Pop culture obsessives writing for the pop culture obsessed.
Pop culture obsessives writing for the pop culture obsessed.

Let us all be envious of this toddler being taught Hamlet's soliloquy by Brian Cox

Illustration for article titled Let us all be envious of this toddler being taught Hamlets soliloquy by Brian Cox
Photo: Frederick M. Brown (Getty Images)

For close to 60 years, Brian Cox has consistently delivered some of the best stage and screen performances by any living actorfrom his numerous Shakespearean roles to his criminally under-appreciated meta-performance in Deadwood’s third season to his elevating of schlockier genre fare like cult favorites Trick r’ Treat and Super Troopers. There’s also his latest turn as the looming family patriarch and media magnate, Logan Roy, on HBO’s Succession (which you need to be watching, by the way).

Any actor, let alone lowly pedestrian, might rightfully feel graced by God if Cox sat in to learn them a thing or two about the art form. Knowing this, we totally aren’t resentful of this cherubic toddler sitting, clearly oblivious, next to Brian Cox as he teaches them the opening lines to Hamlet’s famous “To be, or not to be?” soliloquy in this unearthed 2009 video.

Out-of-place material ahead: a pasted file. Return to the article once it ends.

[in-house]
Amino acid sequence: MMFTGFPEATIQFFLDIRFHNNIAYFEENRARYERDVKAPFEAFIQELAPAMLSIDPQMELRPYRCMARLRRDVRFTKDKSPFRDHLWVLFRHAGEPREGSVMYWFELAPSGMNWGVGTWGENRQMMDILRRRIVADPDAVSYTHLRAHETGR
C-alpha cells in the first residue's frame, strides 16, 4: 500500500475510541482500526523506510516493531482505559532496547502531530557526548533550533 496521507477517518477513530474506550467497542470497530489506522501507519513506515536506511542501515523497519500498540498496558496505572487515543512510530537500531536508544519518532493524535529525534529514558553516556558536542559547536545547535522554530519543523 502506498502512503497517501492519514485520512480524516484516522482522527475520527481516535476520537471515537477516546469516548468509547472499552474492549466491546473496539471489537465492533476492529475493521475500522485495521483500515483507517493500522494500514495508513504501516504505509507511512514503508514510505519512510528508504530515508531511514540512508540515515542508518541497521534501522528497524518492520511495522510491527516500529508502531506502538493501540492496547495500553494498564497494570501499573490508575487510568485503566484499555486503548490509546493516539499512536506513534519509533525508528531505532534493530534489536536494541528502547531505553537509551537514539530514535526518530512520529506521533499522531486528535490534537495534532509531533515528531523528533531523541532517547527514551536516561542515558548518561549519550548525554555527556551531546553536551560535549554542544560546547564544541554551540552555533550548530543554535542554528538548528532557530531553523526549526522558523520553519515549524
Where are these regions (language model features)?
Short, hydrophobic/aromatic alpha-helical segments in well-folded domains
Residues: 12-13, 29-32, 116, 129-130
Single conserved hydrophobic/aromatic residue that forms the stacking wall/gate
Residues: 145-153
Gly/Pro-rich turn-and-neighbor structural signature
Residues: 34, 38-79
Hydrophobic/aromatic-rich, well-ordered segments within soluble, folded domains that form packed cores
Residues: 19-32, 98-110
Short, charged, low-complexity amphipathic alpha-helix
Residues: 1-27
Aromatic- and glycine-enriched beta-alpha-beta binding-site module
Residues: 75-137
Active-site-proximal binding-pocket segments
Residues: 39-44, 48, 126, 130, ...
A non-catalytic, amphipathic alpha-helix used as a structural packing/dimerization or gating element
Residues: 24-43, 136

Look at that kid, making Brian Cox (the Brian Cox) chuckle endearingly as his words falls on deaf ears. “To be, or not to be?” Cox, a Royal Shakespeare Company alum, intones to the tyke, his casual recall of the lines already more grave and soul-searching than most actors’ manage after months of study, to which the toddler responses with a cheery, affirmative, “Yeah!”

Hey. Kid. He isn’t asking YOU the question, he’s trying to impart decades of artistic wisdom upon your curly, flaxen hair! It’s not as though the very image of legendary performer Brian Cox (the Brian Cox) positing Shakespeare’s famous existential query to a child, untainted by this world’s dirtiness, who then responds with a playful, uplifting affirmative is, in itself, a work of art that could make us reevaluate our role and time on this mortal plane and...

...Huh. Alright, it’s been a long day. Who needs a drink?

Andrew Paul is a contributing writer with work recently featured by NBC Think, GQ, Slate, Rolling Stone, and McSweeney's Internet Tendency. He writes the newsletter, (((Echo Chamber))).

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